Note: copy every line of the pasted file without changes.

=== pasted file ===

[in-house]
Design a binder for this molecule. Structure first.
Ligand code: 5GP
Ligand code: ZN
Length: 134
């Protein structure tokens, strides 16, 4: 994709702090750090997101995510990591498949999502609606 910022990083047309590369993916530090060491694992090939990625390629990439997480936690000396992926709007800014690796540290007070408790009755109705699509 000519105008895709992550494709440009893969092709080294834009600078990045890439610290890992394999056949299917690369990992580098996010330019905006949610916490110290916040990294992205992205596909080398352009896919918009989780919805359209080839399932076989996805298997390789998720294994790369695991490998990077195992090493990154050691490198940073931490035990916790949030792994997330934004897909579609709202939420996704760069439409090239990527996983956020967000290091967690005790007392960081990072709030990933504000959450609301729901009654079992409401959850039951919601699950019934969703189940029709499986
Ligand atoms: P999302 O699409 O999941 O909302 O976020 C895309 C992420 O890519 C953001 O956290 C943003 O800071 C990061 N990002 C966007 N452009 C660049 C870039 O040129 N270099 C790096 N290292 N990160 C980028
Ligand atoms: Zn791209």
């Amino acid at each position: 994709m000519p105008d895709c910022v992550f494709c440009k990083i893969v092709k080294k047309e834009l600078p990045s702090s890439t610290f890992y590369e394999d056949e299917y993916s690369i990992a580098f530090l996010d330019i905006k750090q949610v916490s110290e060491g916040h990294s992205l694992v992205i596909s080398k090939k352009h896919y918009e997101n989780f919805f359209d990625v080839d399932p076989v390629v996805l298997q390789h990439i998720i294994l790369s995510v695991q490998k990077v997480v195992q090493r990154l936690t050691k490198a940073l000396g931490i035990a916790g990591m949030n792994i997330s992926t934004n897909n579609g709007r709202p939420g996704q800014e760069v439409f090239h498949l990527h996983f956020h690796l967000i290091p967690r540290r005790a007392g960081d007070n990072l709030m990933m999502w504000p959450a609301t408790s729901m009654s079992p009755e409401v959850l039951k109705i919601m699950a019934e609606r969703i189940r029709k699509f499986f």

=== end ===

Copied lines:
[in-house]
Design a binder for this molecule. Structure first.
Ligand code: 5GP
Ligand code: ZN
Length: 134
């Protein structure tokens, strides 16, 4: 994709702090750090997101995510990591498949999502609606 910022990083047309590369993916530090060491694992090939990625390629990439997480936690000396992926709007800014690796540290007070408790009755109705699509 000519105008895709992550494709440009893969092709080294834009600078990045890439610290890992394999056949299917690369990992580098996010330019905006949610916490110290916040990294992205992205596909080398352009896919918009989780919805359209080839399932076989996805298997390789998720294994790369695991490998990077195992090493990154050691490198940073931490035990916790949030792994997330934004897909579609709202939420996704760069439409090239990527996983956020967000290091967690005790007392960081990072709030990933504000959450609301729901009654079992409401959850039951919601699950019934969703189940029709499986
Ligand atoms: P999302 O699409 O999941 O909302 O976020 C895309 C992420 O890519 C953001 O956290 C943003 O800071 C990061 N990002 C966007 N452009 C660049 C870039 O040129 N270099 C790096 N290292 N990160 C980028
Ligand atoms: Zn791209």
């Amino acid at each position: 994709m000519p105008d895709c910022v992550f494709c440009k990083i893969v092709k080294k047309e834009l600078p990045s702090s890439t610290f890992y590369e394999d056949e299917y993916s690369i990992a580098f530090l996010d330019i905006k750090q949610v916490s110290e060491g916040h990294s992205l694992v992205i596909s080398k090939k352009h896919y918009e997101n989780f919805f359209d990625v080839d399932p076989v390629v996805l298997q390789h990439i998720i294994l790369s995510v695991q490998k990077v997480v195992q090493r990154l936690t050691k490198a940073l000396g931490i035990a916790g990591m949030n792994i997330s992926t934004n897909n579609g709007r709202p939420g996704q800014e760069v439409f090239h498949l990527h996983f956020h690796l967000i290091p967690r540290r005790a007392g960081d007070n990072l709030m990933m999502w504000p959450a609301t408790s729901m009654s079992p009755e409401v959850l039951k109705i919601m699950a019934e609606r969703i189940r029709k699509f499986f």